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A woman’s right to choose, strengthening New Mexico’s economy, developing alternative energy and investing in public education were just some of the questions lobbed at candidates for the District 43 House seat during a forum Thursday night.
White Rock Baptist Church served as the backdrop for the forum, which was organized by the League of Women Voters of Los Alamos and was moderated by the league’s president, Barbara Calef.
The candidates for the 43rd District seat, Republican Jim Hall and Democratic challenger Stephanie Garcia Richard, however, seemed to handle the questions with ease and even seemed to somewhat agree on a few issues.
When one resident asked about how was the best way to update the Los Alamos National Laboratory’s mission, Hall said though New Mexico is “suffering from a deficit of senior leadership” in Washington at the moment, he had no doubt that with time, the lab will modernize its mission into more peaceful and scientific endeavors. “But its main mission will always be to safeguard America’s nuclear stockpile,” Hall said.
Garcia Richard said that she too agreed that “our flexing muscles got flabby” when it came to advocating and lobbying for the future and well being of the lab. However, she said the problem can be overcome by investing in other states and powerful individuals in Washington that also have an interest in LANL.
“We need to be building support and coalitions around folks like that, folks that have leverage,” she said.
When it came to education, both candidates had some tough words about New Mexico’s public education system.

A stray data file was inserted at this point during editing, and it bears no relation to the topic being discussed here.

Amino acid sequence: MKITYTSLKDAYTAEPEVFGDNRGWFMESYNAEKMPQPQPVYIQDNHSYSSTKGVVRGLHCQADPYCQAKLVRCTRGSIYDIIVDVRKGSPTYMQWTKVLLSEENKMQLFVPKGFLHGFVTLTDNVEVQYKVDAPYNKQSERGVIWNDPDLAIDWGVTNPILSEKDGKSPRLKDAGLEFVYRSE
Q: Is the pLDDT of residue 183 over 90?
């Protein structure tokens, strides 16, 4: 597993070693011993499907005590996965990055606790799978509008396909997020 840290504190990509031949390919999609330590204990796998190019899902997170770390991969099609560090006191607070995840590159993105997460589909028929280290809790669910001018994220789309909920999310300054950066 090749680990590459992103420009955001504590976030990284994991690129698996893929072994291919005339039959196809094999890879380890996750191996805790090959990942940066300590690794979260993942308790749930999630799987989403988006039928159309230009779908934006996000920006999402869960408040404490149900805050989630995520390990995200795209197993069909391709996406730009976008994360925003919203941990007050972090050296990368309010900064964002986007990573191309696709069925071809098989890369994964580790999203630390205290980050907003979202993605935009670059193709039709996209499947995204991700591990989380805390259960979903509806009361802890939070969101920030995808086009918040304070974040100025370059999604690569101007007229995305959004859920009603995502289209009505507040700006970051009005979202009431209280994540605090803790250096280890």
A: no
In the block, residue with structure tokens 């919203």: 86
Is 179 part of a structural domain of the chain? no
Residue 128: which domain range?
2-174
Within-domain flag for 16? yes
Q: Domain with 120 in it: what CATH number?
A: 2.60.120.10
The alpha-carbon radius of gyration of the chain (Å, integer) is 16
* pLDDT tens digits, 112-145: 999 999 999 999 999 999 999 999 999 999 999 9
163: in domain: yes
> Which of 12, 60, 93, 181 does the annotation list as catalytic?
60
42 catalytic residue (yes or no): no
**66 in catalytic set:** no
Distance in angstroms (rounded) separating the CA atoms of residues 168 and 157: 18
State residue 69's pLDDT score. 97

“It seems to me that education demands two things: resources and reform,” Hall said. “Both matter.”
Hall emphasized getting students to learn reading early was an important goal in Washington and that much funding has been given to public education to make that happen. He said after a certain time, kids “stop learning to read and then start reading to learn.” The earlier that happens, the better,” he said.
While Garcia Richard agreed with that statement, she said the way to go about it is making pre-K education a priority. She also emphasized that ever since the recession hit, New Mexico schools have suffered. “I would like to see us come back and fund our schools by at least the ’08 levels,” she said. One way they could do that is by using some of the interest from New Mexico’s Permanent State Land Grant Fund to fund pre-K programs.
Probably the most controversial question was when a resident asked where the candidates stood on a woman’s right to choose and on abortion in general.
Richard replied simply that a woman’s right is protected already by federal law.
“The issue really has to do with women’s health and access to choice ... that is a federal right protected under Roe vs. Wade,” she said.
Again, Hall agreed with his opponent, but also made his answer into a state issue. He told the audience he sees the heart of the issue in the influence a teen’s parents have over a teen’s decision to have a baby, or not. “... they are legitimately afraid of their parents and the reaction,” Hall said. “There should be a track for them to be able to go around parental approval.”
Residents attending the forum said for the most part, they learned a lot.
“I think it went well,” Andrea Determan said. “I think everybody got a chance to say what they could, time allowing. We can always have more information from our candidates, but I think they had some really good answers.”
Also in attendance in the forum were Supreme Court candidates Barbara Vigil-D and Paul Kennedy-R and Judge of the Court of Appeals candidates Monica Zamora-D and J. Miles Hanisee-R.